Evidence - Chapter 7 - Arbitration of Intellectual Property Disputes in the United States
David L. Evans is co-chair of the litigation department at Murphy & King, Professional Corporation, in Boston, Massachusetts. He represents large public corporations, closely held companies and individuals in the resolution of complex business disputes.
Mr. Evans also maintains an active practice as a certified neutral arbitrator and mediator, serving in more than 350 cases. As a neutral, he has presided over a broad range of business disputes involving areas such as intellectual property rights and licenses, finance and accounting, technology development and transfer agreements, stock/asset purchases, energy, biotechnology, medical devices, real estate, private investment firms, and business separations.
Mr. Evans is a member of numerous arbitration and mediation panels, including the Commercial and Large, Complex Case Panels of the American Arbitration Association (AAA), the Panel of Distinguished Neutrals of the International Institute for Conflict Prevention and Resolution (CPR), the International Centre for Dispute Resolution (ICDR) Panel of Arbitrators and Mediators, the ICC International Court of Arbitration (North America), the Court of Arbitration for Sport (CAS) in Switzerland, the London Court of International Arbitration (LCIA), World Intellectual Property Organization (WIPO) and the AAA Master Mediator Panel.
He has been selected as a Massachusetts Super Lawyer in Business Litigation in every year the award has been offered (2006-2018), named a top-rated lawyer in ADR law by The American Lawyer and recognized with an AV Preeminent Peer Rating from Martingdale-Hubbell.
He also serves as a member of the Board of Directors of the American Arbitration Association, and as the co-chair of the Large Case Committee of its Council. For his contributions to the AAA, Mr. Evans received its Outstanding Director Award in 2014.
Theodore J. Folkman is a shareholder of Murphy & King, P.C., in Boston, where he has a complex civil litigation and commercial arbitration practice. He is a member of the commercial and consumer arbitration panels of the American Arbitration Association and has recognized expertise in international judicial assistance and other areas in private international law. Prior to joining Murphy & King, Mr. Folkman was an associate with Hill & Barlow, PC, in Boston, and judicial law clerk to the Hon. Ann Aldrich, U.S. District Judge for the Northern District of Ohio. Mr. Folkman speaks frequently at law schools and bar events on topics of private international law and is the author of several works in this area, including International Judicial Assistance (MCLE, 2d ed. 2016) the chapter on service of process in International Aspects of Litigation: A Practitioner’s Deskbook (ABA 2017), and the chapter on choice of law in The Arbitration of International Intellectual Property Disputes (Juris 2012). Mr. Folkman is a member of the Amicus Committee and former chairman of the Massachusetts Practice and Procedure Committee of the Boston Bar Association, from which he received the President’s Award in 2016. He holds a law degree from Harvard Law School, a master’s degree in political science from Columbia University, and a bachelor’s degree in politics from Princeton University.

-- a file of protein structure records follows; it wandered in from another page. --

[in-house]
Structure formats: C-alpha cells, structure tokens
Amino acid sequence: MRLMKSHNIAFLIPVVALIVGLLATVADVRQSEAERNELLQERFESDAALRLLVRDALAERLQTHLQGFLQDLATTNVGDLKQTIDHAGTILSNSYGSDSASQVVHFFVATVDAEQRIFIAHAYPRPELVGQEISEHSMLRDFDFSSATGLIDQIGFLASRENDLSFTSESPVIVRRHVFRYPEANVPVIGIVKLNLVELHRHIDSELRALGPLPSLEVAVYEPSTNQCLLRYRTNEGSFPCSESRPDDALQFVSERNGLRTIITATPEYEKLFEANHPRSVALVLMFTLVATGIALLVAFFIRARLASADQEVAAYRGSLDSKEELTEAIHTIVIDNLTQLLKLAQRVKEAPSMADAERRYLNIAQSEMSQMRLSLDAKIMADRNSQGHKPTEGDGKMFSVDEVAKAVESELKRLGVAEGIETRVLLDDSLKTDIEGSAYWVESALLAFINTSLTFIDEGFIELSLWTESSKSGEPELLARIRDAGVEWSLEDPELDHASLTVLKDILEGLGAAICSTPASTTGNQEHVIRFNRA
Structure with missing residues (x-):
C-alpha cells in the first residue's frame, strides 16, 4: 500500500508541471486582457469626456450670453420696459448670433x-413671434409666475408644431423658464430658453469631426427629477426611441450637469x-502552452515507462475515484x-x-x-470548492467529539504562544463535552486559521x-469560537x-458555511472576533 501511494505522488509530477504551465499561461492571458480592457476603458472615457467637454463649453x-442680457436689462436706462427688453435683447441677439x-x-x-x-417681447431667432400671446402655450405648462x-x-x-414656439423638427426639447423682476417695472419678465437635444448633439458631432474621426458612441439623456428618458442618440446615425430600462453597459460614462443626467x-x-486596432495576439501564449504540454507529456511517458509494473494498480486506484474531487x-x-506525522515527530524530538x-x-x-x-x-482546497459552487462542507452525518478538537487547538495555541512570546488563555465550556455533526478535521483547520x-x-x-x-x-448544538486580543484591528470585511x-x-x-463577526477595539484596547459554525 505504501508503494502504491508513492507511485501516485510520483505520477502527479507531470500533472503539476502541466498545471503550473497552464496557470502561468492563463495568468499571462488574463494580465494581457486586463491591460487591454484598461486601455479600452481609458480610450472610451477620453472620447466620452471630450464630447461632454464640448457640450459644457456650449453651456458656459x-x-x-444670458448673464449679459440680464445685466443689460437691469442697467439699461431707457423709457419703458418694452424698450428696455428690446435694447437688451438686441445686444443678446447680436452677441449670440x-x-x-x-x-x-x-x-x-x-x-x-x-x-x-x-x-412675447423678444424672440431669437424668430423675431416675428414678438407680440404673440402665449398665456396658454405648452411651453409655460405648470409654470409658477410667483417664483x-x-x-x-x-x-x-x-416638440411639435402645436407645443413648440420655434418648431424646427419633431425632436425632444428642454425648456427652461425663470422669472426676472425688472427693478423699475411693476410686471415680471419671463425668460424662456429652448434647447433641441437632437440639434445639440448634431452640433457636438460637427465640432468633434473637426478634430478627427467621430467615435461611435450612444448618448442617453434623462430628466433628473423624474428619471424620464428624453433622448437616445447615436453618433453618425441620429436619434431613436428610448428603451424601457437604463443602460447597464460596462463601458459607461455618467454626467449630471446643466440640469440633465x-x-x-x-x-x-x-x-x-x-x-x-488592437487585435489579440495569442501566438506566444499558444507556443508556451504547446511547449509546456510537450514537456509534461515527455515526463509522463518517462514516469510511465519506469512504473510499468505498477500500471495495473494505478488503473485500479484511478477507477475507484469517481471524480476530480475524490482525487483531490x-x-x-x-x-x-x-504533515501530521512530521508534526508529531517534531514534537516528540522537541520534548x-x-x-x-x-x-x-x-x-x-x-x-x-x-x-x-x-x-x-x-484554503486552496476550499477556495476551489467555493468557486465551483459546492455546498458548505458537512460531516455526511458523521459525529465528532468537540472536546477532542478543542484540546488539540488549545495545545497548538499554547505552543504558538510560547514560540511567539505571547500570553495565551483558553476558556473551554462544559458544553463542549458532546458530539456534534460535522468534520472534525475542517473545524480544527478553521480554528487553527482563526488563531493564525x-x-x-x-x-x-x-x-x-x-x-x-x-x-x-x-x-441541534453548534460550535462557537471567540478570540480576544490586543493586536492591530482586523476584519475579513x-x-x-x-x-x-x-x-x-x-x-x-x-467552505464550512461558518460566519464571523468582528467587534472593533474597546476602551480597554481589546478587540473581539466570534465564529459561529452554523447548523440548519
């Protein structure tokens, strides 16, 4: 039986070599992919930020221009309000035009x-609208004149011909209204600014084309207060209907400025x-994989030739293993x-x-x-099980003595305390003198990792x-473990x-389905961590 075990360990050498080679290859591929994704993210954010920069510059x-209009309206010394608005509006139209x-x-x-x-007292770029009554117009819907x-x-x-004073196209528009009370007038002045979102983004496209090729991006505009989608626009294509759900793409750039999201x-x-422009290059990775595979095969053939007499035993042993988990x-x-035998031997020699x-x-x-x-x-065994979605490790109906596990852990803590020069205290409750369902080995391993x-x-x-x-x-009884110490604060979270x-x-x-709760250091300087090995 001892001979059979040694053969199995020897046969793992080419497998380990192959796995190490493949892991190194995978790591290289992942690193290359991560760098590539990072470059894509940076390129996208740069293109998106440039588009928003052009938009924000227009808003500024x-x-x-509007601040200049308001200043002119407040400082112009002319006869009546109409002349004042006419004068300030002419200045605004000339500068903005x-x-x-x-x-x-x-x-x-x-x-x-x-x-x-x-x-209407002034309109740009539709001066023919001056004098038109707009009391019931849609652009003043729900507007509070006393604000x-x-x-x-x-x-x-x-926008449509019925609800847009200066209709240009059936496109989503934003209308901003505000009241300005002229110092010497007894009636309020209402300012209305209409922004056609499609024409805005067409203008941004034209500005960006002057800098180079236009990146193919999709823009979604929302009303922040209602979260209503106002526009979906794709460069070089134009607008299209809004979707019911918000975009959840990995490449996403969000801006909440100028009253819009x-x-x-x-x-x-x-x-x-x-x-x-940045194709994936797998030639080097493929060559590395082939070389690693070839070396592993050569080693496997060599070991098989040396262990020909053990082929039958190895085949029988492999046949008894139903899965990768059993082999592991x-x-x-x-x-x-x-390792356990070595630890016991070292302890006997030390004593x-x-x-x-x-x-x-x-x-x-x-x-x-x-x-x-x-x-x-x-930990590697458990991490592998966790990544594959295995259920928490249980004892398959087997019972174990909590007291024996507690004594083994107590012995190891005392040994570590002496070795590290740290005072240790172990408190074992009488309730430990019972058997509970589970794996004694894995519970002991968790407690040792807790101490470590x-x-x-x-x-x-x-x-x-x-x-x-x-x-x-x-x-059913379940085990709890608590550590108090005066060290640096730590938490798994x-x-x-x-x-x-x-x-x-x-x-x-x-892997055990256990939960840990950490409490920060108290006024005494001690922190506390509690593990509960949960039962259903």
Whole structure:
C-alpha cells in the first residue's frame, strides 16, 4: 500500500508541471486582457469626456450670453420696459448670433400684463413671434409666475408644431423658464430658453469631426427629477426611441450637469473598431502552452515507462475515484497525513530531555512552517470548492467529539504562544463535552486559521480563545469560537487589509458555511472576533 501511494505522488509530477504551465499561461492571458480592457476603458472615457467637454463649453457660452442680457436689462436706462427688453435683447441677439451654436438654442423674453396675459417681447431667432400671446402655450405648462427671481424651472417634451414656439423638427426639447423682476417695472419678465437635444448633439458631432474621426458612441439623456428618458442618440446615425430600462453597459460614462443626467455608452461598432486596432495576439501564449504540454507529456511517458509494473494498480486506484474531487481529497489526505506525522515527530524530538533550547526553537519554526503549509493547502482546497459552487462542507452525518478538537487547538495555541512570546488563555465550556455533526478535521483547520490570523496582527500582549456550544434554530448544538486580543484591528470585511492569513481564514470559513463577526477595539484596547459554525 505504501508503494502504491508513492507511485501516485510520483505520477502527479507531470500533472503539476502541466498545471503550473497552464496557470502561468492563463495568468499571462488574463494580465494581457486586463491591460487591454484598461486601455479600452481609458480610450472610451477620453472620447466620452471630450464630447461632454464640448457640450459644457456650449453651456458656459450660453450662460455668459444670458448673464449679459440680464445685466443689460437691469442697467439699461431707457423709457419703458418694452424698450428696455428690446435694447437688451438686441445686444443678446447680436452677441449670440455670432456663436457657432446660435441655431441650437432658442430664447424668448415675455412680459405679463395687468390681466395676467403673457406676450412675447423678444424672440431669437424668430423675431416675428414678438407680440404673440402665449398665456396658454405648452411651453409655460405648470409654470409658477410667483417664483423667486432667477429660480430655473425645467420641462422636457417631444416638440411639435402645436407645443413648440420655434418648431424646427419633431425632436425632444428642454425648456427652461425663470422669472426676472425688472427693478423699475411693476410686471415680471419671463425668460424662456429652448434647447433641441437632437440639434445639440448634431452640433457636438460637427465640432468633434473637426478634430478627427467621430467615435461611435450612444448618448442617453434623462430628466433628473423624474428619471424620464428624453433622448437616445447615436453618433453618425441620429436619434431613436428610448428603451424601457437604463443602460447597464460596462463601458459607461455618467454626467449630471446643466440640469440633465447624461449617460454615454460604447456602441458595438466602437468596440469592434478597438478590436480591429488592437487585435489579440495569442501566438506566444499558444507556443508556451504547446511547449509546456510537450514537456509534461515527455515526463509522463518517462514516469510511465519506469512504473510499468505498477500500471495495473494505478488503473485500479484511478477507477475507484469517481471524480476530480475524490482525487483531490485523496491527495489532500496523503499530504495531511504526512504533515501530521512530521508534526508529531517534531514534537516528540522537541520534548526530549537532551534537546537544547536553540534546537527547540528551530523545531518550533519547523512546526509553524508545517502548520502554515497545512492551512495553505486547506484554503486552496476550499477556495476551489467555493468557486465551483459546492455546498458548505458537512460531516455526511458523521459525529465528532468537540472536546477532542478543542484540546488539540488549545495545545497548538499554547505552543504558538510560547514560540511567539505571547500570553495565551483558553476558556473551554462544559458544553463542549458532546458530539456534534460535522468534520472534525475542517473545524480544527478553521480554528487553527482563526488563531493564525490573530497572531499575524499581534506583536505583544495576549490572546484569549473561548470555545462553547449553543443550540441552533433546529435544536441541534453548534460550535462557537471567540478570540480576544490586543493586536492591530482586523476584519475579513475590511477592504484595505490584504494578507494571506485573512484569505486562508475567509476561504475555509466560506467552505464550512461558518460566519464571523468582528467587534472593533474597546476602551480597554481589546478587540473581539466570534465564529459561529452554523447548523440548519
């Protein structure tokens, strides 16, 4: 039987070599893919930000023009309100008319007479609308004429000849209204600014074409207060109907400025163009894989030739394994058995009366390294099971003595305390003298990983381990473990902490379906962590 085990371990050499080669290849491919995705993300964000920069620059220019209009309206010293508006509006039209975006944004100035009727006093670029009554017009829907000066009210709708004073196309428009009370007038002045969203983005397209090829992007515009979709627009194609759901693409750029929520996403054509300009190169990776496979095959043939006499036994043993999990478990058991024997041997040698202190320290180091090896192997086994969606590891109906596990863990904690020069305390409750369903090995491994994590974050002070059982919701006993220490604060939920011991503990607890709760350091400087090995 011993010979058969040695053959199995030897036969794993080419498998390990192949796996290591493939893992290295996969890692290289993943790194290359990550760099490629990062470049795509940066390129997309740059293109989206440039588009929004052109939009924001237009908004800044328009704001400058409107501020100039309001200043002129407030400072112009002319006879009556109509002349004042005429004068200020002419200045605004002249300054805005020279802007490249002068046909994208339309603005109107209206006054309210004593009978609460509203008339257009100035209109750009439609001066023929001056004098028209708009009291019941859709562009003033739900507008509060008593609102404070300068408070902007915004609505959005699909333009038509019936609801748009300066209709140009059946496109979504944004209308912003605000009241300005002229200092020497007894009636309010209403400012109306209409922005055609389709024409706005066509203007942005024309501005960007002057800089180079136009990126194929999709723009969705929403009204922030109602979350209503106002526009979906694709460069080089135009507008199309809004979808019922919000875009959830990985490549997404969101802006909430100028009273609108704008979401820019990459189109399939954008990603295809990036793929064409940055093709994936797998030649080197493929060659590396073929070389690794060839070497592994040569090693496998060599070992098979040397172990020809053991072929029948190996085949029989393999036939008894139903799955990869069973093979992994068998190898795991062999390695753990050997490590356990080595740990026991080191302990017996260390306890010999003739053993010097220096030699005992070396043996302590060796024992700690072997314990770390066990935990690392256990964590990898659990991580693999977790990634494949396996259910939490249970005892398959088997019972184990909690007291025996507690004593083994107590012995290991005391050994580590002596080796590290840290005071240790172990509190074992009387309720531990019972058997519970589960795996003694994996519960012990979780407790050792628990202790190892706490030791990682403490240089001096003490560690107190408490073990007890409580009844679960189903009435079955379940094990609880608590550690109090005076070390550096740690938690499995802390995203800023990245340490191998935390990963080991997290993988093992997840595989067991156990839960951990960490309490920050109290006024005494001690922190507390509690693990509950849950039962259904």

I. Background: The Rules of Evidence
In civil actions, it is possible to give a formal definition of “evidence,” because courts invariably decide cases according to what they take to be the governing rules of law. So it is possible to define evidence as facts offered to prove a proposition that is relevant in some way to whatever legal rule governs the case. It may not always be possible to make such a general statement about all evidence in arbitration, because arbitral tribunals are not invariably required to decide cases according to the law that would apply if the dispute were heard in a court, as, for example, when the parties authorize the arbitrator to act as amiable compositeur. Nevertheless, because most arbitrations do involve the application of law, rather than more generalized ideas of equity and fairness, it is generally safe to define evidence in arbitration in the United States just as one would define it in a United States court litigation, at least as a starting point.
However, the law of evidence in the United States for court proceedings is very different from the standards arbitrators apply. The common law has developed a complex set of rules about what facts can be offered as evidence; the same is not true in arbitral proceedings. The details of the reasons for the development of complex rules of evidence for use in court are beyond the scope of this Chapter. In summary, the need for rules is said to stem from the use of lay juries as finders of fact, and thus the danger that a jury would be led astray by hearsay, for example, in a way that a judge would not be. An arbitrator, like a judge, is more able than the man or woman on the street to sift evidence and give it the weight it deserves, and perhaps this is particularly true in cases where the arbitrator is chosen for experience with the subject matter of the dispute, which regularly occurs in IP cases, as in other commercial cases. To take an example, an arbitrator in a licensing dispute who is familiar with an industry and knows what typical invoices and other commercial documents are and how they work likely does not need a business record foundation laid in order to consider the documents for what they are worth; an arbitrator familiar with trademark registrations likely does not need to concern himself with the technical requirements of authentication of the certificate.